Thisyoung piper is calling the tunes

Published on Thu, Jun 10, 2004 by eg Olson

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This young piper is calling the tunes

By Meg Olson

When Will Nichols moved to Blaine last fall from Eagle River, Alaska, he said one of the best parts was not having to play “Amazing Grace” on his bagpipes for nearly three months.

“As a song it’s OK,” laughed Nichols, 15 and just finishing his freshman year at Blaine high school, “but everyone wants to hear that, or ‘Scotland the Brave,’ so it’s nice to play something else.”

Nichols moved south with his parents Patti and Hank Nichols and younger sister Renee to be closer to Surrey resident Jack Lee, his tutor for the last four years. “I used to fly down from Anchorage once a month to play for him,” said Nichols.

Lee works with the legendary Simon Fraser University (SFU) pipe bands, a conglomerate of several groups that starts young pipers out while still in grade school. His brother Terry serves as Pipe Major for their world-class grade one band. Jack Lee is the Pipe Sergeant, “sort of a second in command,” Nichols said, a role he fills for his own pipe band.
Nichols, who began playing the pipes at six, is a grade one solo piper. “Each grade is achieved through promotion based on competitive points earned at games,” said Patti Nichols, “so to move up, eventually to become professional, you have to be a top level piper in your grade.” Will Nichols has been a grade one piper for two years, something achieved by only a dozen or so other teenagers in the B.C. Piping Association. His goal is to become a professional by the time he turns 16.

Nichols plays in the juvenile grade three Robert Malcolm Memorial Band. He marched on to the field at last weekend’s annual Highland Games competition at Hovander Homestead Park with 16 other pipers, seven snare drummers, three tenor drummers and the bass drummer, five-foot tall Jessica Lahti. The band tied for first place with the Washington Scottish Pipe Band from Seattle.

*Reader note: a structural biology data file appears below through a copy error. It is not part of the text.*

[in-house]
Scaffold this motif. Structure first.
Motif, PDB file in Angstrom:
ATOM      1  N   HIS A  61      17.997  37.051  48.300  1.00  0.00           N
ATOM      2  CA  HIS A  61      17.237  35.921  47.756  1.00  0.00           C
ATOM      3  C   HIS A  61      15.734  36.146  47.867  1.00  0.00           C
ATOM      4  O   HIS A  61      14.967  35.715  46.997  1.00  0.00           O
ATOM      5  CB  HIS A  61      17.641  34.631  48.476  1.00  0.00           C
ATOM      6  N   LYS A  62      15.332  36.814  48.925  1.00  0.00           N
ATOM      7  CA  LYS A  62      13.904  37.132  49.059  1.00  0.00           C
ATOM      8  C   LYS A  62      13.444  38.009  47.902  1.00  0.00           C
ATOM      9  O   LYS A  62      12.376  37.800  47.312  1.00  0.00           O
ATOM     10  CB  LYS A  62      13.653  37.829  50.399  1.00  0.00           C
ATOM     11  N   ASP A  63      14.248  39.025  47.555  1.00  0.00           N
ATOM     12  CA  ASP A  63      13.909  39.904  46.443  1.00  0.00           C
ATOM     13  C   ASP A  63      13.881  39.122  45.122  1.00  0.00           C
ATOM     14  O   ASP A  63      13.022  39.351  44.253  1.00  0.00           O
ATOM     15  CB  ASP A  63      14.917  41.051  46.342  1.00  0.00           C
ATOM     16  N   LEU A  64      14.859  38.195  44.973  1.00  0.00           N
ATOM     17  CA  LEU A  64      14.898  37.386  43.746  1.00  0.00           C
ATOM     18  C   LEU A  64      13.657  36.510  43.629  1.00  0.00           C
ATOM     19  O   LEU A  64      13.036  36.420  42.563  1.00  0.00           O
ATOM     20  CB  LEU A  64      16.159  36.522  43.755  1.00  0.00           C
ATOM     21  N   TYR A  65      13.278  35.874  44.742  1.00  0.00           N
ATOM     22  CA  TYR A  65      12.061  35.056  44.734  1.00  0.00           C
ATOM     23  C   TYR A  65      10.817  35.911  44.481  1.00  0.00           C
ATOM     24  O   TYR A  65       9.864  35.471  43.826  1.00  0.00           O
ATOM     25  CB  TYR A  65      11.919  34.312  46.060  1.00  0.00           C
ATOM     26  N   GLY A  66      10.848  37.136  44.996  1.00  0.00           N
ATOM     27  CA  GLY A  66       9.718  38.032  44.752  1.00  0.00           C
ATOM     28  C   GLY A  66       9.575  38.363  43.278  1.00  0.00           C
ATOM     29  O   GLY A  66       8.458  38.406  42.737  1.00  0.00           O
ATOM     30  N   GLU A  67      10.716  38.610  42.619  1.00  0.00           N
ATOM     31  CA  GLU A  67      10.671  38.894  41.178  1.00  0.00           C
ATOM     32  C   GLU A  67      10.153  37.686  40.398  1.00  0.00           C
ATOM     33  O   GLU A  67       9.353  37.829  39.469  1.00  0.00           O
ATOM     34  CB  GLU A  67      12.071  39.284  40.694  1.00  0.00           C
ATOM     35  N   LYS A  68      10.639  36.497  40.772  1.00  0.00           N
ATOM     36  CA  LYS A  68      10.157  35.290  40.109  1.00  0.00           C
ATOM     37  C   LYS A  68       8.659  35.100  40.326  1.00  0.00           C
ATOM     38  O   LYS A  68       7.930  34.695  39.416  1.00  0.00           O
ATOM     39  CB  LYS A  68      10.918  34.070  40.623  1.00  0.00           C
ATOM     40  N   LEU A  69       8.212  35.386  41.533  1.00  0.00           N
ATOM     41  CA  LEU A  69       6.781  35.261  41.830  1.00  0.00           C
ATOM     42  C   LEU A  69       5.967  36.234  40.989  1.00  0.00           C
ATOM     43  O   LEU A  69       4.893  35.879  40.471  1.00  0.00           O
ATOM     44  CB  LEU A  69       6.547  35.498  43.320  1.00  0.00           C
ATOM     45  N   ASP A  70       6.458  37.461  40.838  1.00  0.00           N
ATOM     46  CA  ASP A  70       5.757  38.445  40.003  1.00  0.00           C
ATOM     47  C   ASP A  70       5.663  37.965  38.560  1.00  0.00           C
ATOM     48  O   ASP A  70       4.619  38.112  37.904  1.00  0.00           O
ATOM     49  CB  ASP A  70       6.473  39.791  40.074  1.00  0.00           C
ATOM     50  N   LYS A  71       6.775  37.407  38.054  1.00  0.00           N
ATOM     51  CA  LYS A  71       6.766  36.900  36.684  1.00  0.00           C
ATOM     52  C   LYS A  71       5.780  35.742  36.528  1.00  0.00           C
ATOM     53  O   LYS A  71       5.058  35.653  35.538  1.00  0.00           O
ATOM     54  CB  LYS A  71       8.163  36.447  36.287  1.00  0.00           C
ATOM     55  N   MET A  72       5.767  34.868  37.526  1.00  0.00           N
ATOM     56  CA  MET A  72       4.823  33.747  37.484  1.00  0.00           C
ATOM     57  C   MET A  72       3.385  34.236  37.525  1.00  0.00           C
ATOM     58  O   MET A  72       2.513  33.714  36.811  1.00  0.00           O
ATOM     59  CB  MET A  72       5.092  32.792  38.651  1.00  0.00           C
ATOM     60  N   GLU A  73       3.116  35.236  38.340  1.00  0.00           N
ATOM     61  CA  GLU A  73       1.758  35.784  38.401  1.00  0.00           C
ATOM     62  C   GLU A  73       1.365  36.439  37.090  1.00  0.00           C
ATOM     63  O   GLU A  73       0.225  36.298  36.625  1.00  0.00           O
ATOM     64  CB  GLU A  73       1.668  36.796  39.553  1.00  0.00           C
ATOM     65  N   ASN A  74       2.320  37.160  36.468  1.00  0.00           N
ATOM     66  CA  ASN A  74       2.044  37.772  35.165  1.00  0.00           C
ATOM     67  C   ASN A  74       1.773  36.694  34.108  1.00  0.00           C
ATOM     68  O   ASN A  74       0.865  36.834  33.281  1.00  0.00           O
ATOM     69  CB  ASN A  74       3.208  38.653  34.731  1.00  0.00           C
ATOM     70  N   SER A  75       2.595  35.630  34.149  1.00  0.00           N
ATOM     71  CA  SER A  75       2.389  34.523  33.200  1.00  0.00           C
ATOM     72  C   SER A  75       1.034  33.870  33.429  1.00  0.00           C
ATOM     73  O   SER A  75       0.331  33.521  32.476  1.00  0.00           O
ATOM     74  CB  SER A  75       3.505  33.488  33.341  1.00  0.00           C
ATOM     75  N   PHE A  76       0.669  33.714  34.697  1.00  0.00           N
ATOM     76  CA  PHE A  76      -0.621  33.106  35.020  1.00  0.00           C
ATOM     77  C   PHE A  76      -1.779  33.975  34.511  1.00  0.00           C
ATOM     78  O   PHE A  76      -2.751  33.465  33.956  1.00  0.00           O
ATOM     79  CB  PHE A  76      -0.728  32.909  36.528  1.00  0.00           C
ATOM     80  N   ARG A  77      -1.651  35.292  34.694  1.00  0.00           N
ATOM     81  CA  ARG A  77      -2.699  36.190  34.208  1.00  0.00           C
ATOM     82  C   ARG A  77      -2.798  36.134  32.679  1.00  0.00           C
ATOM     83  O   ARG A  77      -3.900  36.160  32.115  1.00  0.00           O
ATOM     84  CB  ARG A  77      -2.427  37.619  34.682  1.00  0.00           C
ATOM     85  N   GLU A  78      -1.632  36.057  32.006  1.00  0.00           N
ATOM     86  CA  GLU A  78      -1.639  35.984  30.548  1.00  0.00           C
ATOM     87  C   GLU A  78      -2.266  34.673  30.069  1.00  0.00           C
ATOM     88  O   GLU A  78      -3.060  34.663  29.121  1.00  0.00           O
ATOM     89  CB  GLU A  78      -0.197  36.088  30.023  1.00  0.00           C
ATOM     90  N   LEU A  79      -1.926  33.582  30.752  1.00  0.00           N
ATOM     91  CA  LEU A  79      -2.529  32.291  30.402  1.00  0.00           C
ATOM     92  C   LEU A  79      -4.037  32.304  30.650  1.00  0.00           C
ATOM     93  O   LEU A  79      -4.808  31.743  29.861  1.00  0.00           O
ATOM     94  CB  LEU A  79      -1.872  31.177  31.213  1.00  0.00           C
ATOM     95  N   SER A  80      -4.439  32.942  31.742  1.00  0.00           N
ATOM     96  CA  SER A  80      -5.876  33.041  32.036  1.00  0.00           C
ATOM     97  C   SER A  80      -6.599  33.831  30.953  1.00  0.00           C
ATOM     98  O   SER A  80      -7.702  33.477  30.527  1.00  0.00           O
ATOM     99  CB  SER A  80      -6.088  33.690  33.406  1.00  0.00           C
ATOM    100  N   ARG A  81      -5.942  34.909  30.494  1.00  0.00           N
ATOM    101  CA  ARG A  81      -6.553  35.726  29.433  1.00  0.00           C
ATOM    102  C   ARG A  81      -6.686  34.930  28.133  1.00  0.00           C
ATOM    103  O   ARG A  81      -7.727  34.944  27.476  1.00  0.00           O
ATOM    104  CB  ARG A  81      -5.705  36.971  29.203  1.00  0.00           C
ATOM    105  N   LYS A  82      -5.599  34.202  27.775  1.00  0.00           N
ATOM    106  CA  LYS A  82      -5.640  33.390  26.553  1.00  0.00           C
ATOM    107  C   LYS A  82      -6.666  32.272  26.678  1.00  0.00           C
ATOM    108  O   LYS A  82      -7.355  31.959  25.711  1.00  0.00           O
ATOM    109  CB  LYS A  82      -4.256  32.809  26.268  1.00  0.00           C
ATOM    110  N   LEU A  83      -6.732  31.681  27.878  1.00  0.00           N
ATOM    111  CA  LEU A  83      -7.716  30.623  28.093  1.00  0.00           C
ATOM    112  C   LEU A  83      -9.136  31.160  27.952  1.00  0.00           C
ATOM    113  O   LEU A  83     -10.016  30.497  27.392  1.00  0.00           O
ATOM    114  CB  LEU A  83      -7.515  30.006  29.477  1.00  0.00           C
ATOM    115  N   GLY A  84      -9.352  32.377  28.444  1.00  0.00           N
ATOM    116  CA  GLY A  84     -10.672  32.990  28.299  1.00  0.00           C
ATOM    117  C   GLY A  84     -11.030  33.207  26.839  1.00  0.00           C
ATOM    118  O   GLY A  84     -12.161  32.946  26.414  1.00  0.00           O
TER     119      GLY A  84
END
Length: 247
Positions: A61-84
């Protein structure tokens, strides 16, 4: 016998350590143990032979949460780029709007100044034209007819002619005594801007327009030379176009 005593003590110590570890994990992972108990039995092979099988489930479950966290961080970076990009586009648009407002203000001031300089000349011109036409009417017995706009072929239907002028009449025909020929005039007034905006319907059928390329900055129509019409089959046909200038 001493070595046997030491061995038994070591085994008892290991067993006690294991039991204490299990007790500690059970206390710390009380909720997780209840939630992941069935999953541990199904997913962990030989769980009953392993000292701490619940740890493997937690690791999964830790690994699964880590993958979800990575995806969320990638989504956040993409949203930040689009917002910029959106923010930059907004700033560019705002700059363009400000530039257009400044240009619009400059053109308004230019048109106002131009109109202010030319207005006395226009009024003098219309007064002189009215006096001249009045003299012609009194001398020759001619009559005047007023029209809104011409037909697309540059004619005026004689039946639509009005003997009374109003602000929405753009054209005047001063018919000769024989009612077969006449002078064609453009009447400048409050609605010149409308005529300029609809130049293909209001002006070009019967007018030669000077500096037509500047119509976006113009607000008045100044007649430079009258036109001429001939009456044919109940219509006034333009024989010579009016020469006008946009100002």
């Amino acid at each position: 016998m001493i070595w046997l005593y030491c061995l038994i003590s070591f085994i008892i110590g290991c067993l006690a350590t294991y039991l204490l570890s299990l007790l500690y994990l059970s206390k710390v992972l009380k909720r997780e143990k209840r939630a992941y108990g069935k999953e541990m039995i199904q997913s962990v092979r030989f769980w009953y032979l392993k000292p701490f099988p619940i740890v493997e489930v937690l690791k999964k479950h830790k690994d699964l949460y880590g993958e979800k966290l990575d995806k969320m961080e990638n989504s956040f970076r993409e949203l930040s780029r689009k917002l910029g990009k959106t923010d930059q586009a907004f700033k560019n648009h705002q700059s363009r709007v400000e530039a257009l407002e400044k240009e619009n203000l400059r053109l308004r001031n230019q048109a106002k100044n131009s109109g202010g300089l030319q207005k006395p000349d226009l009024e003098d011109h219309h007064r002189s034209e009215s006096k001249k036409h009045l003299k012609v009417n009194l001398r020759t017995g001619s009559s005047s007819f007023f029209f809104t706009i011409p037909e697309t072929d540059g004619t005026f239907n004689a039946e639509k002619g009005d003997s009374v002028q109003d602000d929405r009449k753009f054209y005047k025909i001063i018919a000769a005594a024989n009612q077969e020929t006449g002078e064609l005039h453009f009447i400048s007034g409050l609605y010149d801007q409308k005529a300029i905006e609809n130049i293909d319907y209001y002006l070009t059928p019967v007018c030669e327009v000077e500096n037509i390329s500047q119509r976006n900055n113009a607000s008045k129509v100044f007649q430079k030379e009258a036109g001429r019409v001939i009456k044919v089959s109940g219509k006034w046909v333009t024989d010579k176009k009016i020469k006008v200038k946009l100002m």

The inspiration for Nichols to become a piper came from his parents following a trip they made to Scotland when he was five. Now Nichols goes back to Scotland every other year with his band to compete in the world pipe band championships, which they won last summer. They’ll defend their title in 2005.

In the meantime they’re off to weekend highland games competitions all over the west from now until next fall.

Nichols has two sets of pipes, one of which is the “great highlands” model that is commonly seen and another small indoor set. “The better bags are made of animal skin, usually a goat or sheep, because the problem is getting rid of the moisture that can collect in-side,” Nichols said. His bag is made of elk hide by a man named Dannaway who works in New Zealand.

Some bags are made of gore-tex with bags of drying agents inside, but the best instruments often are the oldest. “Old is good,” Nichols said, “so if I won the lottery I’d probably get a set that’s maybe 100 to 150 years old.”

Live music, such as a rock band for a wedding reception or a polka band for a family picnic, is not allowed at Hovander Park except on the first Saturday of June, when the annual Highland Games begins and ends with hundreds of pipers joined together in a mass pipe band that can often be heard over 10 miles away.

Bagpipes, according to Lee, often sound jarring to listeners used to music written in the musical scale found on a piano because, unlike piano scales, bagpipes are not “tempered.” Tempering is a way to keep different instruments in tune with themselves and each other over a wide range of octaves by slightly flatting or sharping the pitches of certain notes.

Since bagpipes are almost always played alone or just with other pipes and drums, they’re tuned to play exact pitches. The resulting music sounds loud, and can be, but it carries much farther mostly because the chords coming from the chanters, or long open pipes, are playing exact pitches. These result in stirring overtones that can pierce miles of distance much like the light from a laser cuts through the darkness better than an ordinary lamp.

Whatever the physics, this year’s Highland Games went off without a hitch, despite a rainy morning that held down attendance. “We like coming down here,” said Terry Lee, “because it’s not a football stadium but a more natural setting, like Scotland itself.”

“That’s right,” said Nichols, “but for us kids it’s not about recreating Scotland but playing the pipes well and competing successfully with other bands.” Having at least one world championship in his kilt pockets, Nichols seems well on his way toward his goal.